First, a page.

It’s been a tense week in Canadian politics and with all the proper attention being paid to the Wet’suwet’en protests around the country, other big news has happened with far less notice than normally would be the case. One of those stories revolves around minority government, something that Ottawa is just getting re-acquainted with again. But many seem to forget that Ottawa isn’t the only capital to house a minority Parliament these days. In fact we’ve got three others, in British Columbia, Prince Edward Island and New Brunswick, with each of those parliaments dealing with unique and historic situations about their formations.

In BC we have the NDP in a supply agreement with the Greens, which has seemed to work well to date but we’ll see if the events of this week have any effect on that. On PEI, it’s the Progressive Conservatives leading with the Official Opposition Greens and third place Liberals, an order that is a first in the history of that province. But it’s the situation in New Brunswick that is especially historic, not only for it’s make up but for the math. It’s the Progressive Conservatives of Blaine Higgs who lead there, basically holding on by a single seat, with the Official Opposition Liberals a seat behind & both the Greens and right-wing People’s Alliance with three seats a piece. In a province that’s rarely seen more than one single third-party MLA in a single legislature, they’ve got six between two parties this time and all their votes crucial.

Needless to say that the               situation in New Brunswick is really complicated when it comes to how much longer that thing may last but for everyone worried about what might happen with the relatively stable minority in Ottawa, this weeks news from out east should be a primer on what not to do as government in a minority and on how a single policy misstep can have big consequences. What is that misstep you might be asking? This here:

In an attempted budget cutting move, the NB PC’s decided they would reduce the hours of emergency departments in six rural hospitals, basically ensuring they wouldn’t take patients between 10 pm and 8 am, a time of day when everything else is closed and you’d think you’d need emergency rooms. That would force people living in these areas to go further to get emergency care, at that very moment that every single minute counts the most. As you can imagine, this has gone over like a lead balloon with the public and brought this reaction from the Legislature itself:

Okay, that’s par for the course so far, right? All the other Opposition parties are against this and are threatening to take the whole thing down at the first opportunity. It should be noted that these changes won’t require a vote of the legislature to make happen, so that opportunity will be something else. The Liberals are talking about a non-confidence motion, but we’ll see what will come there. But that’s not the full extent of the opposition to this move, and this is where this story really starts to jump off:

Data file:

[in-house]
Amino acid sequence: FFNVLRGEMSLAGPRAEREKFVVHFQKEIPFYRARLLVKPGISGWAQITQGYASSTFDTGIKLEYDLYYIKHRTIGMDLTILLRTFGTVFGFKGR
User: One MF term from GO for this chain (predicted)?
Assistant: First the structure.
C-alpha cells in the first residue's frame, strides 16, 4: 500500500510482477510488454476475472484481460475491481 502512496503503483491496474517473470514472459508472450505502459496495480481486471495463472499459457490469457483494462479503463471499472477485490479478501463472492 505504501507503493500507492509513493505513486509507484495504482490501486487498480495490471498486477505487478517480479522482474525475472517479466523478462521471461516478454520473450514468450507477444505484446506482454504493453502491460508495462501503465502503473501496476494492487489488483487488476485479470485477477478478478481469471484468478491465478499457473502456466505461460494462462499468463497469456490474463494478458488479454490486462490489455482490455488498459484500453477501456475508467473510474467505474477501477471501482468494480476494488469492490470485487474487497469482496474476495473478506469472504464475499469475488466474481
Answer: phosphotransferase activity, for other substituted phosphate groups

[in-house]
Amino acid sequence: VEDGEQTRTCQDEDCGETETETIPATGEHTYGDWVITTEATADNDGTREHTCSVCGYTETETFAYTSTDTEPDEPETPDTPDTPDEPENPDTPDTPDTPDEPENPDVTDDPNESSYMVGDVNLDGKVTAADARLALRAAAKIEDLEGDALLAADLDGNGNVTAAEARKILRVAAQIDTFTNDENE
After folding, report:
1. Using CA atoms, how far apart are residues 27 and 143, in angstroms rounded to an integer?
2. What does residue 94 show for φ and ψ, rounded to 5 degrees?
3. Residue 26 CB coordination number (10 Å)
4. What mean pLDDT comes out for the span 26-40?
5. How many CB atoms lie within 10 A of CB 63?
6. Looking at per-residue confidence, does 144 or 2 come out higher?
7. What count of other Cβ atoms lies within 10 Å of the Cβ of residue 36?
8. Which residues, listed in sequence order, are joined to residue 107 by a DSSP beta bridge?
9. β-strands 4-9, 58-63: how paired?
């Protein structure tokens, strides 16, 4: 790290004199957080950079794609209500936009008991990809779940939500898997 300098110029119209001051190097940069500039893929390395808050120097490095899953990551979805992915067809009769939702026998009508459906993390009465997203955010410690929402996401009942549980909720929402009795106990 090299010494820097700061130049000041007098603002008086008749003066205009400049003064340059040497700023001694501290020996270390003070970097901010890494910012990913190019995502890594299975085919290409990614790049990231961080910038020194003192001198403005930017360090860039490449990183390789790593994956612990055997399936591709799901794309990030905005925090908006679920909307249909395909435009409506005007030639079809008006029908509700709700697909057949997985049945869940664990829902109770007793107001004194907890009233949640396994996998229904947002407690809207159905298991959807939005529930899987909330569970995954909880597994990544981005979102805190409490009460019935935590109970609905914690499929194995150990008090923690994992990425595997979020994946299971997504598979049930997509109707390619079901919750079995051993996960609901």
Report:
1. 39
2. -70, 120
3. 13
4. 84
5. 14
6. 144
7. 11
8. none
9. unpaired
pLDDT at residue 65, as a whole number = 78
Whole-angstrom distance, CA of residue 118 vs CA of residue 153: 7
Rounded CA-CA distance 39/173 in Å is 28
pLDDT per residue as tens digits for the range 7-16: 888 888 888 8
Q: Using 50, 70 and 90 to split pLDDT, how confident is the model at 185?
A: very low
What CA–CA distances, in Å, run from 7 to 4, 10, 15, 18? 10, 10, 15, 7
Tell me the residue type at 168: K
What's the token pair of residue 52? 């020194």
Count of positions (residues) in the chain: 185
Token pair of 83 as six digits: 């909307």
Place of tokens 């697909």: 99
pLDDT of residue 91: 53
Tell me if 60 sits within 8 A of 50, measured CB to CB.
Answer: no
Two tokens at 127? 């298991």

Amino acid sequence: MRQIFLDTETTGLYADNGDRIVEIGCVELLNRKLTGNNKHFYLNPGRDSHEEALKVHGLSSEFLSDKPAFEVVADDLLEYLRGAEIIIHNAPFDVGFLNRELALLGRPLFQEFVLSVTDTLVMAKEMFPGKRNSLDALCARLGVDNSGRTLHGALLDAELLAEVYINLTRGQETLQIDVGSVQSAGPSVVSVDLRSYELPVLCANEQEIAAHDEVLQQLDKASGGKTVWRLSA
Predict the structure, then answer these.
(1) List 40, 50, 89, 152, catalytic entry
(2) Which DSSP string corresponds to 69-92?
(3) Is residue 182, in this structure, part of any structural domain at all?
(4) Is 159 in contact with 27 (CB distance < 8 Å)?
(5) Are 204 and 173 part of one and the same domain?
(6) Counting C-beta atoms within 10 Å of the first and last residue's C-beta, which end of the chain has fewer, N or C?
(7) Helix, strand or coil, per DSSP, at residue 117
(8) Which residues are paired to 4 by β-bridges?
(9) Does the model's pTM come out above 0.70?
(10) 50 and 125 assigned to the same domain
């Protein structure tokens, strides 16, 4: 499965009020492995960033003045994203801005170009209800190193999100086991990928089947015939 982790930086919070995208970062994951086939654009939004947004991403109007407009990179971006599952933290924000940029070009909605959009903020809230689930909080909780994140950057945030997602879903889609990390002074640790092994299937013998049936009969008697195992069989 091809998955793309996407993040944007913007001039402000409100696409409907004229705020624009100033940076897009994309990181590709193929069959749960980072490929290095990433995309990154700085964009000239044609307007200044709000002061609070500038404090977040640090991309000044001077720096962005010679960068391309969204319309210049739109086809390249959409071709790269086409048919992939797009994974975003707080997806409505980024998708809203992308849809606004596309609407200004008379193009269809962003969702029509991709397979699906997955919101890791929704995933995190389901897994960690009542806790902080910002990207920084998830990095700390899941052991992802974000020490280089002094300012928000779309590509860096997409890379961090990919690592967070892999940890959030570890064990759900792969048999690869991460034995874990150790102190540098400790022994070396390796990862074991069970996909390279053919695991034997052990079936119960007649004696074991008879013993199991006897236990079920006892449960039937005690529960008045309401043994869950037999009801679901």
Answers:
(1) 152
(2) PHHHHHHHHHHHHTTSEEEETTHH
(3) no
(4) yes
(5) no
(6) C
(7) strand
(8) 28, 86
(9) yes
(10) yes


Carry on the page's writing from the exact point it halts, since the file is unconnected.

Not just two members of the government opposing this and won’t support it, but the Deputy Premier of the province just resigned as a result of it. And in the video of his press conference there, he talks about being intimidated by Premier Higgs and about how he was going to be punished for representing his constituents. Unsurprisingly, Gauvin is being looked upon quite favourably right now as he’s taken a position of principle, but this leave this government in a historically bad position. Firstly, as CBC’s Jacques Poitras points out, this seems to be the first time in at least a century there has been no francophone minister in a New Brunswick cabinet. That, in Canada’s only officially bilingual province, a place where the issues between English and French are especially sharp and important. That’s bad by itself. But add to that the other angle of watching this government self-destruct around something that was completely of their own doing. Imagine the NB PC’s going into a campaign fought around this issue, weakened as a caucus and facing the full wrath of the electorate. That’s a recipe for a big loss.

And for me the most amazing thing about this is that it’s happened at all. The rule of thumb of working in a minority Parliament is that you don’t do big moves in policy, moves that are clearly going to be unpopular with the public, unless you’ve got the votes and support to back it up. In this case, that starts with your own caucus but that also involves at least one other party. From everything that’s come out this week, it seems that Premier Higgs and the team around him didn’t do that at all and as a result, he’s walked himself into the kind of peril that could easily involve him being out of the Premier’s office in a matter of weeks and months, having triggered an election and far from being on his own terms.

Simply put, this should be example A of how not to govern in a minority and something tells me that the defections and consequences aren’t done yet. The reaction of the public to a move like this was predictable as Hell, as was the pressure that would put on the MLA’s of all parties. That should have been clear to this Premier before he did yes, yet given everything that’s happened this week, that doesn’t seem to be the case. We’ll see what comes of this and what the ultimate price that is paid for this bad gaffe of a decision by Premier Blaine Higgs. But this episode should serve as a lesson to everyone else working through a minority Parliament and serve as a prime example of what not to do when governing in a minority.